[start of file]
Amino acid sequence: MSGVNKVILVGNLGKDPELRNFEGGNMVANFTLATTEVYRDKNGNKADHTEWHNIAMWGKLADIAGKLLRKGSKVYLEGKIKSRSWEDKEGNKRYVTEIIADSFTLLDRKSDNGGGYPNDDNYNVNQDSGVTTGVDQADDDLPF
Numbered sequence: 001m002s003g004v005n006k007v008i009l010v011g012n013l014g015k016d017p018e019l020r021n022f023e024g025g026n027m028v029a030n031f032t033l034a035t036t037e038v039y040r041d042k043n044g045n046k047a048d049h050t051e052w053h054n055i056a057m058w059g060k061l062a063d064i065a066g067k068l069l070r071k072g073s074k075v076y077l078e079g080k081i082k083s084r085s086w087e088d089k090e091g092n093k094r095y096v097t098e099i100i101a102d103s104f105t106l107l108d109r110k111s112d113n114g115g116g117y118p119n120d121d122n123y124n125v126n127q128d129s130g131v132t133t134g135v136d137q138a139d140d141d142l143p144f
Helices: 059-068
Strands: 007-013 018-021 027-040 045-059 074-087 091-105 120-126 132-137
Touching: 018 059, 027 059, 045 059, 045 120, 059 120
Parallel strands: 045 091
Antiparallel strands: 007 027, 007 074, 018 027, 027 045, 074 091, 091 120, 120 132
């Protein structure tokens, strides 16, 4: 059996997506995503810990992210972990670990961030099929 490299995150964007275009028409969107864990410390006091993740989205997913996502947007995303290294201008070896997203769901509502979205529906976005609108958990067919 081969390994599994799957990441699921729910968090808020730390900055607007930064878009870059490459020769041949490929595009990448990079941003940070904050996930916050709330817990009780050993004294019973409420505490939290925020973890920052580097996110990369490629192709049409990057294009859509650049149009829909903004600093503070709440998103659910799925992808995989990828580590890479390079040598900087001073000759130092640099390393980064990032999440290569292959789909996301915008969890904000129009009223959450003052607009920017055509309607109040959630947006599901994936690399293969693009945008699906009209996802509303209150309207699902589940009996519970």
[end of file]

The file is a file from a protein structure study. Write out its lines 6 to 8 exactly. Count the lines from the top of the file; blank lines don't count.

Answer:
Parallel strands: 045 091
Antiparallel strands: 007 027, 007 074, 018 027, 027 045, 074 091, 091 120, 120 132
């Protein structure tokens, strides 16, 4: 059996997506995503810990992210972990670990961030099929 490299995150964007275009028409969107864990410390006091993740989205997913996502947007995303290294201008070896997203769901509502979205529906976005609108958990067919 081969390994599994799957990441699921729910968090808020730390900055607007930064878009870059490459020769041949490929595009990448990079941003940070904050996930916050709330817990009780050993004294019973409420505490939290925020973890920052580097996110990369490629192709049409990057294009859509650049149009829909903004600093503070709440998103659910799925992808995989990828580590890479390079040598900087001073000759130092640099390393980064990032999440290569292959789909996301915008969890904000129009009223959450003052607009920017055509309607109040959630947006599901994936690399293969693009945008699906009209996802509303209150309207699902589940009996519970």